The demo attracted the attention of Atlantic Records, and before too long, Forcone and the band found themselves in a “dream scenario.” The band traveled to New York to meet presidents of various labels, and in 2000 ended up signing a multi-million dollar record deal with Atlantic Records.
“We had never played a show or anything. But Michael had this real unique approach to his songwriting and his singing, and people could really feel it,” Forcone said.
“It was really crazy, getting a record deal and only having three songs, and then realizing you have to make a record that’s gonna come out on Atlantic Records. I mean talk about pressure.”
HumanLab spent a year and a half writing and recording the songs in Los Angeles and mixing them in London, but by the time the record was finished, the band found itself a victim of sweeping changes in the music industry.
“The label decided they weren’t going to put the record out because the business had been changing so much, and we had spent so much money already. This was when pirating CDs started happening like crazy, so the record business was going down so fast,” Forcone said.
He said Atlantic considered the band too “high risk” for the label to release the album.
“It was really a bummer for us because you put your heart and soul into something, and somebody looks at a piece of paper and sees numbers and goes, ‘Ah these numbers aren’t working.”
He said it was “pretty devastating to everybody” for the record to not be released, but said he feels like “we made the record that we wanted to make, and I love the record.”
Medlin ended up leading Forcone to Whitefish. Medlin was dating a woman from Northwest Montana and invited Forcone for a trip to the North Fork about nine years ago. Forcone was skeptical at first — “I kind of made jokes about [Montana] … I’m a California boy” — but like so many others, he was floored by the area’s beauty.
At the time, he was living in an apartment in Huntington Beach with his now-wife, Diemkieu, and oldest daughter, and was looking to raise a family somewhere other than Southern California.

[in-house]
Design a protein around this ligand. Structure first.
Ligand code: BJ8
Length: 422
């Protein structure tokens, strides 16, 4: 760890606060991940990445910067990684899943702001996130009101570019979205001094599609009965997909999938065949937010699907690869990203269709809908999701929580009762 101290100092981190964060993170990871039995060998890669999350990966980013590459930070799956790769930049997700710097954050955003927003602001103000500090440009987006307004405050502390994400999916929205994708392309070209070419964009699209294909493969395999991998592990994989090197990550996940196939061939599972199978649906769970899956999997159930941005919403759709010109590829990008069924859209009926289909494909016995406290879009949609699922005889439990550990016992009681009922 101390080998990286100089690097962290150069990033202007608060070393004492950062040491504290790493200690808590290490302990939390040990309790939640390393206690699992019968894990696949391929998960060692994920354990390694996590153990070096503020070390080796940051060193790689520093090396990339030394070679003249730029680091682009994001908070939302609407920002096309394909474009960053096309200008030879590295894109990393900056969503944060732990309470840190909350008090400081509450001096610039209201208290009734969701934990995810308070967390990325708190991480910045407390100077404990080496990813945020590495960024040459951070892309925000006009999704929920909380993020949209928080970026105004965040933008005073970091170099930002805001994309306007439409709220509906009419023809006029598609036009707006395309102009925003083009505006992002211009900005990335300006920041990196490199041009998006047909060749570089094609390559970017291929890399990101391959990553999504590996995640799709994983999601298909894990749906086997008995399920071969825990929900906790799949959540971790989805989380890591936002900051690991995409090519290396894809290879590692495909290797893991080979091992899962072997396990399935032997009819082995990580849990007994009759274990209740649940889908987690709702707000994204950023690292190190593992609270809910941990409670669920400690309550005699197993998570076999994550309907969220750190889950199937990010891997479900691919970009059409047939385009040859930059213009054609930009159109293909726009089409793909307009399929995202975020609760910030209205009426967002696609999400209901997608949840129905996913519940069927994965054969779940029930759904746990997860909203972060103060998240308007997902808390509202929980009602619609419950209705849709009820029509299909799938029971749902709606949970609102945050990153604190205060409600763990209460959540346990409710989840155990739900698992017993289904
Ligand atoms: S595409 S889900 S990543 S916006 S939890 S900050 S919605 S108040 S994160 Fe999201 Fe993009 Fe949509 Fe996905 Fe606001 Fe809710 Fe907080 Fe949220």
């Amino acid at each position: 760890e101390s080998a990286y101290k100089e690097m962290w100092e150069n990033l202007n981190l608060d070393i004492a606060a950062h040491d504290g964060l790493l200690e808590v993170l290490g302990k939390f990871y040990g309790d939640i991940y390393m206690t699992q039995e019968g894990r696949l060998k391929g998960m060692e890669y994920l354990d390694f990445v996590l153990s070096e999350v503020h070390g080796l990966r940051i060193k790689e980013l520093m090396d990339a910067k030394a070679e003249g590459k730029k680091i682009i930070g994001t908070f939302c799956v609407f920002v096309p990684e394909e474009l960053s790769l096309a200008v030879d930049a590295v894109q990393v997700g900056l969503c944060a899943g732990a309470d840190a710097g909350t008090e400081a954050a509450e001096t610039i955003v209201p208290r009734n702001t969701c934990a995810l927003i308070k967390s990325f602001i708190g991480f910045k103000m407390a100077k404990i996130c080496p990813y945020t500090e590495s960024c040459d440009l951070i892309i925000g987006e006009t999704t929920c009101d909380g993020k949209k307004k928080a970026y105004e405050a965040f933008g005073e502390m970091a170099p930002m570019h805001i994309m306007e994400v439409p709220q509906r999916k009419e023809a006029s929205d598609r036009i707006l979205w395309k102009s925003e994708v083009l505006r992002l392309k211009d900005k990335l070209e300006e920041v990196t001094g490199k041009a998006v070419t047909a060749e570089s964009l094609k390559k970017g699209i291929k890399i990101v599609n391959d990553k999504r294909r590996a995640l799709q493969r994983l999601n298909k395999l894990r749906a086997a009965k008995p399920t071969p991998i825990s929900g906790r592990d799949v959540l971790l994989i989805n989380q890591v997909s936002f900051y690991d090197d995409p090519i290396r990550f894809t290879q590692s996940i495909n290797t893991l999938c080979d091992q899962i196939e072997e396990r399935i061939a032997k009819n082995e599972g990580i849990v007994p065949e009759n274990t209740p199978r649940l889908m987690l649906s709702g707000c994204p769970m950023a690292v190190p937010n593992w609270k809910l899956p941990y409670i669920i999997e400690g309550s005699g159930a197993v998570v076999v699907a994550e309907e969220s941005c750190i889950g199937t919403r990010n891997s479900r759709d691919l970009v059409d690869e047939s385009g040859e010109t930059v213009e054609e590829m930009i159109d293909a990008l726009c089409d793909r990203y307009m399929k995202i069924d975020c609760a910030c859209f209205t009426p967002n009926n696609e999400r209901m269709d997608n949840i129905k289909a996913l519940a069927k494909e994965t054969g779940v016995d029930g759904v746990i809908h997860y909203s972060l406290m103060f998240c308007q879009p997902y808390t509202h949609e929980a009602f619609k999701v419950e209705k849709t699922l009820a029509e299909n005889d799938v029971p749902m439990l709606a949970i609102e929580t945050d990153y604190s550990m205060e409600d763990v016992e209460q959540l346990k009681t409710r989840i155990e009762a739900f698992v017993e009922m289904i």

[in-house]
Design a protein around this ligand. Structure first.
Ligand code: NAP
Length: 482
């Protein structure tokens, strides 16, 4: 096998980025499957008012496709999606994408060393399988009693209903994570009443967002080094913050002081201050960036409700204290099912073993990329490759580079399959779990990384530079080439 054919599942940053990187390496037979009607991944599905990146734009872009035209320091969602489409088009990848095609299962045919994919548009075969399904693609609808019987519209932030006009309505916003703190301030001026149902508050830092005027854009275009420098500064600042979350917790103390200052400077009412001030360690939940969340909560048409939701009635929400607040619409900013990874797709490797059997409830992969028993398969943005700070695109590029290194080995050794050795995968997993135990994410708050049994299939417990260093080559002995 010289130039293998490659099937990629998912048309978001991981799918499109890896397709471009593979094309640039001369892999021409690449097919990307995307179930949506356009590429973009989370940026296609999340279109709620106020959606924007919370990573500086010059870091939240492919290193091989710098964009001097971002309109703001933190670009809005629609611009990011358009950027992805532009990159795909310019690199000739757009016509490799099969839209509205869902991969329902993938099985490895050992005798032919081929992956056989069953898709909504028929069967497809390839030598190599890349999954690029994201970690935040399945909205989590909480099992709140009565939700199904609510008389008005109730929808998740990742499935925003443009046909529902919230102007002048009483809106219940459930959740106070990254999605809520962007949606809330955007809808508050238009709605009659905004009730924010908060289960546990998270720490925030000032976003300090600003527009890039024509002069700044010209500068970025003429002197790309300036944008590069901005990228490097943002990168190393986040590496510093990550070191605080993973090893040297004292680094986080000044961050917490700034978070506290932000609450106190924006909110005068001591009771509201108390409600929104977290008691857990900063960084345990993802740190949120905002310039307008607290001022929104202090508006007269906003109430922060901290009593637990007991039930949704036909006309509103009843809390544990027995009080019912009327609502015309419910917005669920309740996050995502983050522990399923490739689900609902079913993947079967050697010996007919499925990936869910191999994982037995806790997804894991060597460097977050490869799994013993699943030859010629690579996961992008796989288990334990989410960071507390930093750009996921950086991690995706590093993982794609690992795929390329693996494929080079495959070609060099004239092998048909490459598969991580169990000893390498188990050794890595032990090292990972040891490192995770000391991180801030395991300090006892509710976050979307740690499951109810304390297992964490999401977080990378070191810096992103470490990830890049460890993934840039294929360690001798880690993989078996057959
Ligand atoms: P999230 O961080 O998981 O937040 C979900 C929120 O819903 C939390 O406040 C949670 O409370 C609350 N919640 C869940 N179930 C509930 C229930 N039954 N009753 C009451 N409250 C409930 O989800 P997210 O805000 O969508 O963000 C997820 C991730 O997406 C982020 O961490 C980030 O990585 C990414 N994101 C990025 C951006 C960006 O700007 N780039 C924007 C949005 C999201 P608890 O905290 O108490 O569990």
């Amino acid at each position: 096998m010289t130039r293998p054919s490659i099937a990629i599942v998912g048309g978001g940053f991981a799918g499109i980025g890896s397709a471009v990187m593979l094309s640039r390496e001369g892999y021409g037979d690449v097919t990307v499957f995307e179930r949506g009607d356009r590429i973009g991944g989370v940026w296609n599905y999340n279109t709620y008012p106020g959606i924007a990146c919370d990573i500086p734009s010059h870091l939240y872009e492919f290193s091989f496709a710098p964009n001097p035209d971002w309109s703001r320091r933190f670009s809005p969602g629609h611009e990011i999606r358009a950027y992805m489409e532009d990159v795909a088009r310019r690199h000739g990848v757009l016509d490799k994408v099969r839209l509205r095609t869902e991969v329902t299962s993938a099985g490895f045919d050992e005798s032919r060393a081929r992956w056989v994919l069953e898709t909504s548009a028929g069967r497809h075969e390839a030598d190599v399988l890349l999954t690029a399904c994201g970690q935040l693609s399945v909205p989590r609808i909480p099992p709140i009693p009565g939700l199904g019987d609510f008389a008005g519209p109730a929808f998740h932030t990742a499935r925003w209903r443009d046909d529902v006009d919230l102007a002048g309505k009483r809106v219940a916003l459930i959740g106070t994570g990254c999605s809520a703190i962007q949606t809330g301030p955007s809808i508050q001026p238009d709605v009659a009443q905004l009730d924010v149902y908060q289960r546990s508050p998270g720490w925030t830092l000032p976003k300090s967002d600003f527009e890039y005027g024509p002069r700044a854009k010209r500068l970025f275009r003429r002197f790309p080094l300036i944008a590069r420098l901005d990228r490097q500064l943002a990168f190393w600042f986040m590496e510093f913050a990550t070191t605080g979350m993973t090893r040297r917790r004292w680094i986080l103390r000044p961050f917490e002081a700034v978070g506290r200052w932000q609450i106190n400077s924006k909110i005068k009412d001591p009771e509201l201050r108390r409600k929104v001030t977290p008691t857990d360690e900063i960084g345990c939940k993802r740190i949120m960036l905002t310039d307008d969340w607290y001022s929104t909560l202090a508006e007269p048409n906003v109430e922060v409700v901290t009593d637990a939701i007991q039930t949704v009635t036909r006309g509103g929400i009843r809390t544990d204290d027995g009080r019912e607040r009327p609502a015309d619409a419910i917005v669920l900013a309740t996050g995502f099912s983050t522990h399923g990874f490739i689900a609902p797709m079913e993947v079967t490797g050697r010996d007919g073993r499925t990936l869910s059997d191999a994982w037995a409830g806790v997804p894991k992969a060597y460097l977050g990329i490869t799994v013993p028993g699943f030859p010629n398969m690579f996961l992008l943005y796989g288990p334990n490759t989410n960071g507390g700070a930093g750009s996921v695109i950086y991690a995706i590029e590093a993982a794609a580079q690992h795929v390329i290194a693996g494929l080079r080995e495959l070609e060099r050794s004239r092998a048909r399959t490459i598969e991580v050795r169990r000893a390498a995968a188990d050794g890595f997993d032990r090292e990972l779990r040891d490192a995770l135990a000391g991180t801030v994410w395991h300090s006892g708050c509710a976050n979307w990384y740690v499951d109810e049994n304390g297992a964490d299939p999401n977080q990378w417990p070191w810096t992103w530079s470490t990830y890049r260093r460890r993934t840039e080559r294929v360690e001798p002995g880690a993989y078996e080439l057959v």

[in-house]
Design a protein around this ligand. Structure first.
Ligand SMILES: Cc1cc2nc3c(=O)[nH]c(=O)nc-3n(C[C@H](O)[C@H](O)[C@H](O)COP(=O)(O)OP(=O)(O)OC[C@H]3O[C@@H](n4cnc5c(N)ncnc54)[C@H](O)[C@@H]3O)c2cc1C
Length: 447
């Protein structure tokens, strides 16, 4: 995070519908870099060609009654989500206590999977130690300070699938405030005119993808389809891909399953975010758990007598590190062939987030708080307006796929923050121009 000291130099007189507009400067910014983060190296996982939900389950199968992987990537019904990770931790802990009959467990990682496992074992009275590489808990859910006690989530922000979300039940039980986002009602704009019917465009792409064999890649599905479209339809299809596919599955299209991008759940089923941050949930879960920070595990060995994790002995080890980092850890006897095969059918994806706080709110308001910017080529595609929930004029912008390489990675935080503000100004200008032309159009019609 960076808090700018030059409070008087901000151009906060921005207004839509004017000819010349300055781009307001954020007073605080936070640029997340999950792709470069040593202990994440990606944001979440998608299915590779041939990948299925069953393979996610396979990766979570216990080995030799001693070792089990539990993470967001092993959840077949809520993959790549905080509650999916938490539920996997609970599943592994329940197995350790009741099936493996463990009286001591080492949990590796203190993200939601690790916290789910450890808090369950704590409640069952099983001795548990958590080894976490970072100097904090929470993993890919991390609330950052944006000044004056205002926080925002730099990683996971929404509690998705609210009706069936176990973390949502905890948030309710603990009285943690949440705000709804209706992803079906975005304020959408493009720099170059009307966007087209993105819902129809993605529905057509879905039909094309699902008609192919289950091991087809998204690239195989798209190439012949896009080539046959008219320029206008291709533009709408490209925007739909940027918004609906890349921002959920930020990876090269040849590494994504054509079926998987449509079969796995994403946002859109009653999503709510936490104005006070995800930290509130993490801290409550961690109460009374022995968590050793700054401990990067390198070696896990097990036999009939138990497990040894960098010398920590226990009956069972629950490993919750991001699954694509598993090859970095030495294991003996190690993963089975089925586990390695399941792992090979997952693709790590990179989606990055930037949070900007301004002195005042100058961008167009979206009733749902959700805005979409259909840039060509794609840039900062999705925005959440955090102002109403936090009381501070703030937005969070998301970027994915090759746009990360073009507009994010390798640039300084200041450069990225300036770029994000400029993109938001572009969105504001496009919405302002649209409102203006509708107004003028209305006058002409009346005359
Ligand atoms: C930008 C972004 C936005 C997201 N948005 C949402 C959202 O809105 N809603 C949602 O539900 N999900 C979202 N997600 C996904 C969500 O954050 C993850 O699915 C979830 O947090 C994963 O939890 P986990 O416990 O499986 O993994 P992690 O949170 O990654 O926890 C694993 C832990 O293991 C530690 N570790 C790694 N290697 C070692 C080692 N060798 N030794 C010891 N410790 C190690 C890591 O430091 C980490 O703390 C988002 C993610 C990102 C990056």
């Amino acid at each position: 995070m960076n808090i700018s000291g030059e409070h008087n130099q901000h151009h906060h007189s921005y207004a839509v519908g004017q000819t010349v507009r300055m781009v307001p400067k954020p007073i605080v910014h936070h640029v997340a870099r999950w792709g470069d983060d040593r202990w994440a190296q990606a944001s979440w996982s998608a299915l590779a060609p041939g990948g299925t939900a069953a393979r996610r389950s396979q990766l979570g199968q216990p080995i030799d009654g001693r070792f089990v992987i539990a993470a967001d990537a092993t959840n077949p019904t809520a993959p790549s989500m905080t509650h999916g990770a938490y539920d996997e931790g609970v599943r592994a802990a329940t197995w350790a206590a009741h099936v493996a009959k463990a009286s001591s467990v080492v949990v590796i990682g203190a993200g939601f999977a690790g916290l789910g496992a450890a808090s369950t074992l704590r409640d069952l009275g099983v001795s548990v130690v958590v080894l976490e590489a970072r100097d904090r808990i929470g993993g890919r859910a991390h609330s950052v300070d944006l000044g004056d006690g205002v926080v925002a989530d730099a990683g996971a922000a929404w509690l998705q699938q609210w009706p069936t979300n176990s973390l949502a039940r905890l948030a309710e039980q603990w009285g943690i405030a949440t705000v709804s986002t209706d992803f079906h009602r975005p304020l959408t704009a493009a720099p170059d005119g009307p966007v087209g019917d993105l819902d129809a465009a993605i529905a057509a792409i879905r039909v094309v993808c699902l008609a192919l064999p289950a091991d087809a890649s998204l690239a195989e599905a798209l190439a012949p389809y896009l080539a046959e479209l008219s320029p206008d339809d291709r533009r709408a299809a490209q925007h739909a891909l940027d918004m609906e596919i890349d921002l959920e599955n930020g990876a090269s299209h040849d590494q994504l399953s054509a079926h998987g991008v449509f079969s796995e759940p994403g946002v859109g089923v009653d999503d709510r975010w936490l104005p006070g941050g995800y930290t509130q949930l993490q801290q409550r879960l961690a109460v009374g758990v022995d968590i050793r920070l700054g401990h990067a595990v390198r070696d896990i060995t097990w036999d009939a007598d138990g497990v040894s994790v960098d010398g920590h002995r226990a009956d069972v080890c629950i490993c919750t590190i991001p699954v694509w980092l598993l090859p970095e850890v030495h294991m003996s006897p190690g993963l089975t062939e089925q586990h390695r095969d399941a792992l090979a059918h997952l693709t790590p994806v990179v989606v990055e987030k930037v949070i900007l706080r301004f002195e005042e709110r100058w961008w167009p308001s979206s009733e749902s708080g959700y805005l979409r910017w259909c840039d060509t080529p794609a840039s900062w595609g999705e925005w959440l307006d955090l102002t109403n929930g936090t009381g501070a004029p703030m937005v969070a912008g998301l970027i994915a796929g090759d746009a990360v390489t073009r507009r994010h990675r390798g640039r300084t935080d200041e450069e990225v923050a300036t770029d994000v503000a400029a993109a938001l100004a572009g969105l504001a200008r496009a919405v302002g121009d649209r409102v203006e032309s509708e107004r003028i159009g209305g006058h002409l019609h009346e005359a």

“We found this house,” Forcone said, “And it was just the right place at the right time.”
Forcone immediately set up shop after moving to his new home in the woods, and quickly integrated himself in the local music scene. Since then, Forcone said he has been “digging into the music scene as hard as I can” while raising three daughters.
“I’ve been doing this my entire life … I’m here for the valley. I’m here for musicians that want to come in and record,” he said. “I’m going to work with your budget all the time. I just want to do music, it’s what I love to do.”
Forcone has no shortage of projects at the moment. He is producing the debut record for his wife’s band, Sapphire Shakedown, and is working on a light show to sync to the Time Trippers’ already intricate live sets.
The Time Trippers have about 70 songs in their catalog for existing sets, and are looking to master “about 15, 20 songs” for their new shows. Forcone was thrilled by a recent song the band just learned, a song called “Eighties” by English rock band Killing Joke.
“I really didn’t know what to expect when I got out here, what I was going to find,” Forcone said. “But there’s a pretty deep music scene here, it’s really cool. There’s not a ton of bands, but the bands are pretty quality out here.”
Reporter Colin Gaiser may be reached at firstname.lastname@example.org or 758-4439.